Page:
We have been experimenting with newborn bees lately. The initial intention we had in using newborn bees was to potentially run longer term experiments with them since a newborn bee would be able to last longer than an older bee. It is also easier to handle newborn bees because they are too weak and young to fly or sting. We were able to easily manipulate them into cages by hand, and conduct our tests on them. Some problems arose in using newborns, and we needed to brainstorm and come up with innovations to our technique in using the newborns. One of these problems was that the newborns would eat little to none of the food that we provided them, because in that stage of life it is not really necessary for them to eat too much. This was a problem for us because in order to conduct our tests on the newborns, we use the food as the means to infect them with microsporidia or treat them with a certain drug, like Halofuginone or Dithiothreitol. We found a method that we could use to make sure that the newborns would eat. Because newborns can neither fly nor sting, we decided we could literally hand feed each and every one of them using a micropipette. While this did work and we were successful in feeding them with the treatments, it was incredibly time consuming. Another problem that arose was that a very large percentage of them would die very quickly. They wouldn’t live long enough for us to be able to observe the effects of our experiments. We thought that the reason for their high death rate could be because we were handling them too much, and that in their young and fragile state, picking them up by hand to both put them in their cage and try to feed them individually could have been too stressful for them. In order to try and resolve this problem, we decided against the hand feeding and to also try and simply pour them out of a box that held them into their test cages so we do as little manhandling with them as possible. We are currently seeing if making these tweaks to our methodology will be beneficial to achieve what we want. This process taught me how science is all about trial and error. It is common that something does not go as planned or work out in your favor, and when this happens you need to be able to ask the important questions and find creative ways to resolve any problems that may arise.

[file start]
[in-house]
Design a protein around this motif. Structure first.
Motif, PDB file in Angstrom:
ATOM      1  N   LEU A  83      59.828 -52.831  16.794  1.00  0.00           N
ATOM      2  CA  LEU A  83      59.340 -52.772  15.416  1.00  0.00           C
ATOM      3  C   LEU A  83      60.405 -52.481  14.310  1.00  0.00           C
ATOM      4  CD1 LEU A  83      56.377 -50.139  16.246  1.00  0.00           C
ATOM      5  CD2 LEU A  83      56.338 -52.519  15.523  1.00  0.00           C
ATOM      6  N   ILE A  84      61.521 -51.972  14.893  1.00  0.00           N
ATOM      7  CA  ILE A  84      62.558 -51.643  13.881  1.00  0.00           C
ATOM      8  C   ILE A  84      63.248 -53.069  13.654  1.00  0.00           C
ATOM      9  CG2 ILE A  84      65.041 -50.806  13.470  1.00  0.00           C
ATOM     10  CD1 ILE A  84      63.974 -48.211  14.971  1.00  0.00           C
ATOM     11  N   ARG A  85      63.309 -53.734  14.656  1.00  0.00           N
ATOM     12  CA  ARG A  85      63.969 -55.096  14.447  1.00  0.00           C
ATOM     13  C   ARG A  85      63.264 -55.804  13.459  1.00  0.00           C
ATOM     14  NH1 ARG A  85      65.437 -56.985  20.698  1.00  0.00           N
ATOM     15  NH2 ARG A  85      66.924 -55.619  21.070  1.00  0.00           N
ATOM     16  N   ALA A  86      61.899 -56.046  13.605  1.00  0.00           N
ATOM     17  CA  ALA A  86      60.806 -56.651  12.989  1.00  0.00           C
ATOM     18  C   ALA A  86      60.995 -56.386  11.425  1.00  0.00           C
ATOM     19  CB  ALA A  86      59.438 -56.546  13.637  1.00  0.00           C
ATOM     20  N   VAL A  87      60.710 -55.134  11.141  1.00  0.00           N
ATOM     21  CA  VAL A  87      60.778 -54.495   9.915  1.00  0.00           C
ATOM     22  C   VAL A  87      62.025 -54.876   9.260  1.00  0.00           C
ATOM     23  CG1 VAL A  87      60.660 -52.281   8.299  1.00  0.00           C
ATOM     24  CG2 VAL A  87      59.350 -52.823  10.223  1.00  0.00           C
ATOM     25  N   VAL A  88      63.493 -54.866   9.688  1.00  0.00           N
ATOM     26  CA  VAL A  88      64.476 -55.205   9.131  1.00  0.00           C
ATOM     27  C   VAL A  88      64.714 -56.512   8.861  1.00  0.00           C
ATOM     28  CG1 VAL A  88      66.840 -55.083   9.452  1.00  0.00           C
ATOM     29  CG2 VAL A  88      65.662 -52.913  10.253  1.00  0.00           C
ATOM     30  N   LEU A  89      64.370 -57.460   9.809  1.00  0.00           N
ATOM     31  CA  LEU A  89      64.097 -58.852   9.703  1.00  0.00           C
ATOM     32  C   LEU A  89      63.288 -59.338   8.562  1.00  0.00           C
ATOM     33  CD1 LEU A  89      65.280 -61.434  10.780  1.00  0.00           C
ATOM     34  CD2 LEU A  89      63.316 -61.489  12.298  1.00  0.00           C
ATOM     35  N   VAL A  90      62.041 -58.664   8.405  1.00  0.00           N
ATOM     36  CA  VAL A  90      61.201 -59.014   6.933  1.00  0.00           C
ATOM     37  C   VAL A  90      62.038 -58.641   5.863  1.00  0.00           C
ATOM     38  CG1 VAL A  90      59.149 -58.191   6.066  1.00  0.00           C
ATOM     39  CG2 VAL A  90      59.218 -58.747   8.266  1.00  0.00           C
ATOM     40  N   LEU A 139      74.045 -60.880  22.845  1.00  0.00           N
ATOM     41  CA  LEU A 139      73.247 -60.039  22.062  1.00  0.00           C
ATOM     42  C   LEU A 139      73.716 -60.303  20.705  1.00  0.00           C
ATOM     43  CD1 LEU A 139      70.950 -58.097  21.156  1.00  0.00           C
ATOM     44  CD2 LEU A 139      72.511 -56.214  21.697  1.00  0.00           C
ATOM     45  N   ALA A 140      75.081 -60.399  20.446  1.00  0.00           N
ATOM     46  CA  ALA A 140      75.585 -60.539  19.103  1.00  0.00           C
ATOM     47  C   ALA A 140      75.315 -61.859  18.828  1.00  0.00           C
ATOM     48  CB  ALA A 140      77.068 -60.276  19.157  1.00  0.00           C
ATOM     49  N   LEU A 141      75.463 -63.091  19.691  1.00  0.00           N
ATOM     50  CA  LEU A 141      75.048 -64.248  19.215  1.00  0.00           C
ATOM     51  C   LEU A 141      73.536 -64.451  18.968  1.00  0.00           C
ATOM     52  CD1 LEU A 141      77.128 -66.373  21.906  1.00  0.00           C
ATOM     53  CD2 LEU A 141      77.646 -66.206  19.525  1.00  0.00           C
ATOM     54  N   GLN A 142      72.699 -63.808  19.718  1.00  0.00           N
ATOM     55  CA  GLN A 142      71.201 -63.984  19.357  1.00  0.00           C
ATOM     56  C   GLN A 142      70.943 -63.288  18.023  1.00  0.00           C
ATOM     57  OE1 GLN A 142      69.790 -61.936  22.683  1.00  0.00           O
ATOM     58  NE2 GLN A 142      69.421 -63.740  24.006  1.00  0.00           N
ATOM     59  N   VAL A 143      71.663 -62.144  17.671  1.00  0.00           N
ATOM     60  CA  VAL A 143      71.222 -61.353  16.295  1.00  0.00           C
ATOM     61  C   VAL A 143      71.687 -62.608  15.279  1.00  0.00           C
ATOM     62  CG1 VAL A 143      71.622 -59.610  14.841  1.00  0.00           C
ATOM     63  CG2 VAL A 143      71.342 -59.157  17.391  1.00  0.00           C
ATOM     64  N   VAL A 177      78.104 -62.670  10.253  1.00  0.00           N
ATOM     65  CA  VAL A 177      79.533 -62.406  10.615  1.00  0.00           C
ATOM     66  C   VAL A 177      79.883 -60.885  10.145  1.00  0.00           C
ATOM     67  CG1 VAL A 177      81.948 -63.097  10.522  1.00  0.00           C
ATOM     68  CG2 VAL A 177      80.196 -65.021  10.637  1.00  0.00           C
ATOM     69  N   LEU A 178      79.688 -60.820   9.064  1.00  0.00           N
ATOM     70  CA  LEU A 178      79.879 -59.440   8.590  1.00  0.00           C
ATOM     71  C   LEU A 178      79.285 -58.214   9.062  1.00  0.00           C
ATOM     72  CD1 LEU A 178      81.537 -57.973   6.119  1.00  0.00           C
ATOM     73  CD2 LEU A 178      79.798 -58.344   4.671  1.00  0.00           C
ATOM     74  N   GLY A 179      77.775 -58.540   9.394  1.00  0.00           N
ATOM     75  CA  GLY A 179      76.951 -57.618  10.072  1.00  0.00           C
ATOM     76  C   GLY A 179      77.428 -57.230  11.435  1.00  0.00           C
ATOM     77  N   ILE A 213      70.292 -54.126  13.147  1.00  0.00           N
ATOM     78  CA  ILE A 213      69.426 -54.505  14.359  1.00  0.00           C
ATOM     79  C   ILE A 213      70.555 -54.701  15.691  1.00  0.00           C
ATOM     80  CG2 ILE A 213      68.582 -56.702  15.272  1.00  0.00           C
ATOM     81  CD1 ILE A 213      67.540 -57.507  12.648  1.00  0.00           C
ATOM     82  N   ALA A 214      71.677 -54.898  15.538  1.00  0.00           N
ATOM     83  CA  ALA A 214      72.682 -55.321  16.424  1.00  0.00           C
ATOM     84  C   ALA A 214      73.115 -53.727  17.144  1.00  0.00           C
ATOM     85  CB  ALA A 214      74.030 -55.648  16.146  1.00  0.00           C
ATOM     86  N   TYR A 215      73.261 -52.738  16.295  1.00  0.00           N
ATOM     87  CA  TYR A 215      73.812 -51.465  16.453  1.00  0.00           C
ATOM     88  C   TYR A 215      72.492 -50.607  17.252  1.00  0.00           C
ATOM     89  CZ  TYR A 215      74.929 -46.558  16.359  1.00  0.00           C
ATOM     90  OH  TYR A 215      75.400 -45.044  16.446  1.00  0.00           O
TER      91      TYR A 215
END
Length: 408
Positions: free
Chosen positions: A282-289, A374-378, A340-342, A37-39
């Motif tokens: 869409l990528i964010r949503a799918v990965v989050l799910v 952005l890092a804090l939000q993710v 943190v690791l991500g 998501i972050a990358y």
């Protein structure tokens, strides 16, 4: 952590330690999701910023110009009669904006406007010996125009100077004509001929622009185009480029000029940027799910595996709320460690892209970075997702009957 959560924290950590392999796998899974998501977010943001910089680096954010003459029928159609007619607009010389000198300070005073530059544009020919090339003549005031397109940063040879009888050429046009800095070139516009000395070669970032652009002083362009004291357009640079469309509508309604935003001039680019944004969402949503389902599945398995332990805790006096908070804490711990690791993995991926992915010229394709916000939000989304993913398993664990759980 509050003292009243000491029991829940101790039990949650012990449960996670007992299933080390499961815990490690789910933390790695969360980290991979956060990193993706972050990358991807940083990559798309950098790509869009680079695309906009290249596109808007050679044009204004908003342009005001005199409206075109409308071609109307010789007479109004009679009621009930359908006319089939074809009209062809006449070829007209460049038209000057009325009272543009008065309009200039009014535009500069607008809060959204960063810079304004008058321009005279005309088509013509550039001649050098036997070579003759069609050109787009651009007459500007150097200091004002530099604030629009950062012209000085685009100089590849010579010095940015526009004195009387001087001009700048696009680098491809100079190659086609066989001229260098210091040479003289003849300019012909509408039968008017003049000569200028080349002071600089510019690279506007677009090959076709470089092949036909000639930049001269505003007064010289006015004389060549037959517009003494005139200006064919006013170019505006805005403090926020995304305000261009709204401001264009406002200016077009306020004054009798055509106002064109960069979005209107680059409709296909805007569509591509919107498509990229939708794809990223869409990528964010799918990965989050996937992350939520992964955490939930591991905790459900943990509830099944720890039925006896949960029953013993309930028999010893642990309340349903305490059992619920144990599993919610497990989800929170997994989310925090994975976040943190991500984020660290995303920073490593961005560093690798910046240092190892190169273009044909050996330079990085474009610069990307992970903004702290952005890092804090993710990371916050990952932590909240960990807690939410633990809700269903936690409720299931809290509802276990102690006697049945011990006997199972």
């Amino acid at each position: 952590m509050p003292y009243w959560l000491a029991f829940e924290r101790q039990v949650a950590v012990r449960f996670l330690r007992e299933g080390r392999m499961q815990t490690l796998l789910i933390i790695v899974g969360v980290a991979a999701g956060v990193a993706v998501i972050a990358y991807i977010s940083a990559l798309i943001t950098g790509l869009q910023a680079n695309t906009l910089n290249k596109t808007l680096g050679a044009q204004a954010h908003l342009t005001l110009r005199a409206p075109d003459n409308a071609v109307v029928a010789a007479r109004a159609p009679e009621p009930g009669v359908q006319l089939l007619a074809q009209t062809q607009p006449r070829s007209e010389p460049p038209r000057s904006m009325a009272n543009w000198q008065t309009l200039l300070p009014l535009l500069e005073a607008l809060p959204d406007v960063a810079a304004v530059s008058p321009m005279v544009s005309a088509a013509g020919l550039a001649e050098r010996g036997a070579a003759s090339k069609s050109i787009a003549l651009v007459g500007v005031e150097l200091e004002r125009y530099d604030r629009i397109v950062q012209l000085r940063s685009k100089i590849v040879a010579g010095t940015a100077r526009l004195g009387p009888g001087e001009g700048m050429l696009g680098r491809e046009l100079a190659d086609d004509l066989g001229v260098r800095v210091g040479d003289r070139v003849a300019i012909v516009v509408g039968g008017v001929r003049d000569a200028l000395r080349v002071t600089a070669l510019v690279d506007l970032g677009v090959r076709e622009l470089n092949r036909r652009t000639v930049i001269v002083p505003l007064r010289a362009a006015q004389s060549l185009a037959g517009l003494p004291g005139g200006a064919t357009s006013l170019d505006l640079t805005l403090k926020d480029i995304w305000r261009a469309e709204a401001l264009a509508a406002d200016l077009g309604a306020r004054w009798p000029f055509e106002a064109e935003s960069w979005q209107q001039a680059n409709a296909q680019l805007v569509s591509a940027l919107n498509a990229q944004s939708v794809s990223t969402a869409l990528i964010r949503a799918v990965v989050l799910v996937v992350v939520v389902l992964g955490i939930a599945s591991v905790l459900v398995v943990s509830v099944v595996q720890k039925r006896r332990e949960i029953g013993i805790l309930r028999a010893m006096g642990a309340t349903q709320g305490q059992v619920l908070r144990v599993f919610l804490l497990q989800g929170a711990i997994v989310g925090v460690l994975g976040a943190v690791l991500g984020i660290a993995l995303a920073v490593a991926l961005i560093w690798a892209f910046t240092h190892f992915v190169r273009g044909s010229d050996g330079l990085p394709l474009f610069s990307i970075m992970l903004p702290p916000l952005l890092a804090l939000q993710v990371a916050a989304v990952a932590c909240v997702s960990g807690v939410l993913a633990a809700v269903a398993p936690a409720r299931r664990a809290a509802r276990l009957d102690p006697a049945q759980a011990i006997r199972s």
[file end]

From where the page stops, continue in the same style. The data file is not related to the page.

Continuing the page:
I have been doing a lot of spore counting with the samples we collect regularly from bees that we dissect. The purpose of spore counting is to record which bee midgut samples are infected and with how many spores. We do this using a hemacytometer. With the information gathered from spore counting, we make food for the bees we are testing on. Professor Snow taught us how to make dilutions with a positive tube containing the spores and sugar water to use to infect our bees. It has been really helpful to understand how to do this because it is central to many of the tests that we run in the lab. The same approach is used to incorporate the drugs and double stranded RNA to the food for the bees.
I have found the process of completely finishing an experiment all the way through to collecting and analyzing my data very rewarding and satisfying. Professor Snow has taught me how to input my data on a spreadsheet and to look at the numbers and try to analyze and figure out exactly what it could mean. I have learned that so much can be derived from numbers, such as which procedure along the way may have skewed certain data points in one way or another, or what the relationship between related data points may mean in the large scheme of things. Being part of this lab and having my own project really makes me feel that I am learning about all parts of science, including the actual lab work as well as the analysis and understanding of the results. My goal for the upcoming weeks is to continue with my project and to finish up all of my samples to analyze the data as a whole, as well as to get started on the poster describing our projects.